I am writing my point of view on the ongoing development of high-density housing and the proposed High Density Overlay. I have lived in one of the overlay zones for over 30 years. It’s currently zoned agricultural/residential with one home per acre. Many home sites are two acres and could easily be split in two. While to some, the size of these building plots seem exorbitant, the neighborhood populaces I’ve spoken with dearly love the privacy and relative sense that home is away from the hubbub. The spattering of housing complexes through the neighborhood would radically change the atmosphere that brought us to buy and build.
The recent newspaper stories have accurately presented the statements of many proponents of the HDO who repeatedly include affordable in their defense of the HDO. The original working document brought forth by Mr. Levine and staff did specifically stress the focus on “affordable” housing. The earliest support gained traction by backing affordability. But this requirement is no longer directly sought after. Now the emphasis is on “accessible” housing that is to be mostly primary residential. While some higher-density complexes might actually provide affordable housing, this would be up to the discretion of the developer/builder. This generosity of spirit may motivate a few builders, but there is no wording in the HDO to assure this.
The most recent newspaper article contained numerous quotes by county council members and members of the public describing the overlay with the wording “affordable.” They might truly believe there is a connection between the current intention of the proposal and the actual creation of “affordable housing.” What is hoped to occur is that, with the creation of some accessible (whatever that means) primarily high-density housing, affordable housing will be created. However, the misconception that there is a direct connection is unsubstantiated. It is just as likely that the allowable completely free-market homes will be a greater priority as a hoped for windfall for developers/builders. This is where my next point comes in.
This controversy has, to a great extent, become an “ethical issue” wherein the position which has championed the HDO defends the need for increased housing, stimulated by the use of the existing infrastructure of neighborhoods. The proposed beneficiaries of this increased housing are the some-day-to-be, currently faceless, hypothetical persons who, on some future day, will get to choose to live in housing complexes that are accessible. Those who also benefit are in the construction/development industries or those who own lots in the target zone and have no real connection to the neighborhood. Those persons who are harmed believe that their chosen quality of life will be destroyed. We who oppose are actual, flesh and blood, here and now, citizens of the county who have been contributing members to the community. One relevant ethical standard to consider is part of the Hippocratic oath of physicians and other care givers: First–Do No Harm.
There are persons that may own the ideal spots for high-density development. Spot zoning, with restrictions that protect neighbors, and where the neighbors for the largest part don’t expect a rural setting, ought to be encouraged when the actual construction permit agreement is to construct low-income, affordable housing. Zoning ought protect our interests, not destroy them unless unavoidable.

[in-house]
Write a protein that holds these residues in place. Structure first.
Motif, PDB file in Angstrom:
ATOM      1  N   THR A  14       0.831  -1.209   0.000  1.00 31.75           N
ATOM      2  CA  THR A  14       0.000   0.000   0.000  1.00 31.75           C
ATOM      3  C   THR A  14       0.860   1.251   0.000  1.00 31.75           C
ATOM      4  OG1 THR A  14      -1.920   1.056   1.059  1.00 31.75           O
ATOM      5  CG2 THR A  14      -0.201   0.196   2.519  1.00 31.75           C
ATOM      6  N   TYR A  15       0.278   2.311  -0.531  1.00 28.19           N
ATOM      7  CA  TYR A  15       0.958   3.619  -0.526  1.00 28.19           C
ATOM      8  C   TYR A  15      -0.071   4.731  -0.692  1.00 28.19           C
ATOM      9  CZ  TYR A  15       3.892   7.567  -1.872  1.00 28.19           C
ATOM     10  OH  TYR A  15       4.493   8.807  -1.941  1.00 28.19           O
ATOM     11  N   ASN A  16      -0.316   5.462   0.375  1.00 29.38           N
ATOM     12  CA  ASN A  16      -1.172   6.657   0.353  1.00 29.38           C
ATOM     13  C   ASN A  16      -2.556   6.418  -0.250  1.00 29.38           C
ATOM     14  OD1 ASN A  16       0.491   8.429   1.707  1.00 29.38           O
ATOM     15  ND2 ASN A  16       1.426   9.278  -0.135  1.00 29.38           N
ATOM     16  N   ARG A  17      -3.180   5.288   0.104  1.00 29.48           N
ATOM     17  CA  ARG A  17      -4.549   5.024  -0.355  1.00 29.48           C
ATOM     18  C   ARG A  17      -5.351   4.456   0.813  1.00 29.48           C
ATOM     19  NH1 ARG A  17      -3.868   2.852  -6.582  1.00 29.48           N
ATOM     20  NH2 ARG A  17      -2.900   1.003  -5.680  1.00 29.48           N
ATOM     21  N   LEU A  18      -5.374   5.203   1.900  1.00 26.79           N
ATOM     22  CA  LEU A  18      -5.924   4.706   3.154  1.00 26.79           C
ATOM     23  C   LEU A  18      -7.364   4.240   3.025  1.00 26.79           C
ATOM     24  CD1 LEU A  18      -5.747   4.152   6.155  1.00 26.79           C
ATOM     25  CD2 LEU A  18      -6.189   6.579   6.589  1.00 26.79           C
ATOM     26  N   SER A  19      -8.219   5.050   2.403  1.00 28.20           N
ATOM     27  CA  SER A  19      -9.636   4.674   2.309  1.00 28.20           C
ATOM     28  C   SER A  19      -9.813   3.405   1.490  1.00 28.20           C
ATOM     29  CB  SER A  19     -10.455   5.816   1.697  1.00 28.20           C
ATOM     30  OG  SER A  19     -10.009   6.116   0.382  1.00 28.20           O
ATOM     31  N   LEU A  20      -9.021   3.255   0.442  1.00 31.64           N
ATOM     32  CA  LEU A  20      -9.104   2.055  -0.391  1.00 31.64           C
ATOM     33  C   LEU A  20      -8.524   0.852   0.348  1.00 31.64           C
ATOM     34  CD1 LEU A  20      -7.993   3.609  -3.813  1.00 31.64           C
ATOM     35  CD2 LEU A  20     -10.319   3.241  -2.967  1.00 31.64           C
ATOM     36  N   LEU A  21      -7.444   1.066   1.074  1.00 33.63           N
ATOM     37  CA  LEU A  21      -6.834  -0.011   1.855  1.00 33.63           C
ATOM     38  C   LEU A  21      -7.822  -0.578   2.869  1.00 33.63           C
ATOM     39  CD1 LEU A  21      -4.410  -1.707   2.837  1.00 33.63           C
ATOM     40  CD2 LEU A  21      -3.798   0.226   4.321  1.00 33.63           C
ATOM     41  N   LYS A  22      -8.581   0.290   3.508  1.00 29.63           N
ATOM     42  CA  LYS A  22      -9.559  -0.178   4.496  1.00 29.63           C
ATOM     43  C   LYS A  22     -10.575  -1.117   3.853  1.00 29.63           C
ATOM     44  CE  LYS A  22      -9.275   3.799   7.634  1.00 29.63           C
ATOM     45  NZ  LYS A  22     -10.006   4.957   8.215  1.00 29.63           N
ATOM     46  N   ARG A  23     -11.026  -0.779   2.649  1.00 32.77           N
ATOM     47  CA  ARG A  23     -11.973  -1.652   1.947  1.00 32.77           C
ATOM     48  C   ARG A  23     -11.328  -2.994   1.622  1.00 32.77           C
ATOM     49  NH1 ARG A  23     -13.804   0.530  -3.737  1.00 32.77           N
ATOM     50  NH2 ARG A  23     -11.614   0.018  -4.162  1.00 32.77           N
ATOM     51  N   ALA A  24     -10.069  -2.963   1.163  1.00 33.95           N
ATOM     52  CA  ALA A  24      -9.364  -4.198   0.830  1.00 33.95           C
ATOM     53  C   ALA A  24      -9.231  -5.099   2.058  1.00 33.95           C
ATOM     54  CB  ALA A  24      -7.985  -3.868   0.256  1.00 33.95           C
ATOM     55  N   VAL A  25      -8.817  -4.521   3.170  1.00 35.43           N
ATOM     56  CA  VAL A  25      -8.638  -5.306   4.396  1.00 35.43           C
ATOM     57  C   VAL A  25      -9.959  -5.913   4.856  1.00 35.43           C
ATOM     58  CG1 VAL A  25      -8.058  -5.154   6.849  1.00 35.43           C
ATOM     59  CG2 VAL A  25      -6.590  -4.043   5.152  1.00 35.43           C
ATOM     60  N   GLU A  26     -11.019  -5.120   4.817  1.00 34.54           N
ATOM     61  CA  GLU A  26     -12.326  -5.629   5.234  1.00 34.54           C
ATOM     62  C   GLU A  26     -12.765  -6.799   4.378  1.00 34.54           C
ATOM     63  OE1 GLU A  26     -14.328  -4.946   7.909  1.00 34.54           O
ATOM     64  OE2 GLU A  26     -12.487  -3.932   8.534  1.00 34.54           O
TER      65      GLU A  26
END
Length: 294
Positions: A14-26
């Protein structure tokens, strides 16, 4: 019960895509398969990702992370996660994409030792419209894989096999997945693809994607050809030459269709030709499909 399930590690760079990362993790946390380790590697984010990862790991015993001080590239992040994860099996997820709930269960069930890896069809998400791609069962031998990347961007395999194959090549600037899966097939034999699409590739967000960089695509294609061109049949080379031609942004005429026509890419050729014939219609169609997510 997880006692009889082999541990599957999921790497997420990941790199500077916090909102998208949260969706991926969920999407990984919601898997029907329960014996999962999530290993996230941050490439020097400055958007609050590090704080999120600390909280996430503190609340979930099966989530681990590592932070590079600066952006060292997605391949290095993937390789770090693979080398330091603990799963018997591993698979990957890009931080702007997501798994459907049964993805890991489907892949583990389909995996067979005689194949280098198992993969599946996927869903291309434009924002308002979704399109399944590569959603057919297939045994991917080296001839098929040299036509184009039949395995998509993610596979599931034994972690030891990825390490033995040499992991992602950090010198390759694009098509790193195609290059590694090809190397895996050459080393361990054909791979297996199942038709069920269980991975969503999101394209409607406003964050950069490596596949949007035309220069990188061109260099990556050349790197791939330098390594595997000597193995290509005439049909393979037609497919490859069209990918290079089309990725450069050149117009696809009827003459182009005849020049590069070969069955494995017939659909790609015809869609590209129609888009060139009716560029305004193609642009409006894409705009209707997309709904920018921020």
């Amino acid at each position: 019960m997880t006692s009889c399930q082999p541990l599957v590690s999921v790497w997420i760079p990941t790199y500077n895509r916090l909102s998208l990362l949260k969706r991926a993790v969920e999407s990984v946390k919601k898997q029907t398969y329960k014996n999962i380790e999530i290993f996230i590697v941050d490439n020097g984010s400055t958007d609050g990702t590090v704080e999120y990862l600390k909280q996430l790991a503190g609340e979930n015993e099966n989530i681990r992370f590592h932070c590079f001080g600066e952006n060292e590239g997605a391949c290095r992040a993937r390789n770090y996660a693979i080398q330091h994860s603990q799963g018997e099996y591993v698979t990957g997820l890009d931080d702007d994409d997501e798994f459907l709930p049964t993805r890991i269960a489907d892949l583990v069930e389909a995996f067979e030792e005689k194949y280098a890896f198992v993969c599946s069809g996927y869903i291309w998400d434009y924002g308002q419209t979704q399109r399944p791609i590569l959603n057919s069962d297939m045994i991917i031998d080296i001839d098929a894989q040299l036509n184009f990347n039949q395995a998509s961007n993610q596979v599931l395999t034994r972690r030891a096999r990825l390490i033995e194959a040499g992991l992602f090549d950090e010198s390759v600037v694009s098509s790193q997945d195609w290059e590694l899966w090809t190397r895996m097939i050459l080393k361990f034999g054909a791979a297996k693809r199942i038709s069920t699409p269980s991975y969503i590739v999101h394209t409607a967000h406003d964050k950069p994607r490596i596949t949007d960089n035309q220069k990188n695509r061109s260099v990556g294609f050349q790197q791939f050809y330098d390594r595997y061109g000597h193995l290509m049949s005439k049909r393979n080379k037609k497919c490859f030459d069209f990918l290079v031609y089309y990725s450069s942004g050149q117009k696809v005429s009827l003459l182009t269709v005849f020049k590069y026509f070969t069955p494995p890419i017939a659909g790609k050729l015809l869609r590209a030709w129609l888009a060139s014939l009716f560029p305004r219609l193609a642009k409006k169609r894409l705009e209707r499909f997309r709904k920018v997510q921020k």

This is a second ethical question. Many comments strongly condemn the “not in my back yard” position which is solidly looking from a self-interested point of view. Democracy is based upon persons having a sacred right to act in their own best interests unless it impinges upon others. Hopefully this will be an enlightened point of view that will strongly consider the “greatest good for the greatest number.” (I can’t quite recall the origin of this notion.) Unfortunately, some county representatives reflect the national government trend that finds it acceptable for an influential minority or a slim majority to act with a selfish or confused interest, which fails to respect victims of the outcome. This win-lose mentality wants to steamroll their agenda over their opposition. A win-win agenda is the ethical position to take. One supporting council member made the unsubstantiated statement that there are as many people for the HDO as there are against.
From my perspective there are not as many supporters of the HDO as there are those opposed. Regardless, this political position, at best, is not seeking a win-win. Creative alternatives that create affordable housing that respect the outcomes of the vast majority can be found.
Two-plus years, it has been stated, have passed while this “solution” has been devised. I appreciate the hard work but don’t prescribe to the notion that the length of time spent working toward a solution must be matched with an increased commitment to the path/approach taken. (Think of our military involvement in Afghanistan, for example.) This is a commitment to our investment of time/money even where the outcome turns against a large portion of our citizenry. This attachment to a controversial approach in the presence of clear opposition, expecting a solution where one is yet to be devised, needs patience and creativity.
Finally, the lack of involvement in the last few meetings since the public workshop does not reflect that there is a consensus of agreement. We just didn’t want to be mistaken for stalkers with the same repeating message. Leave our neighborhood alone.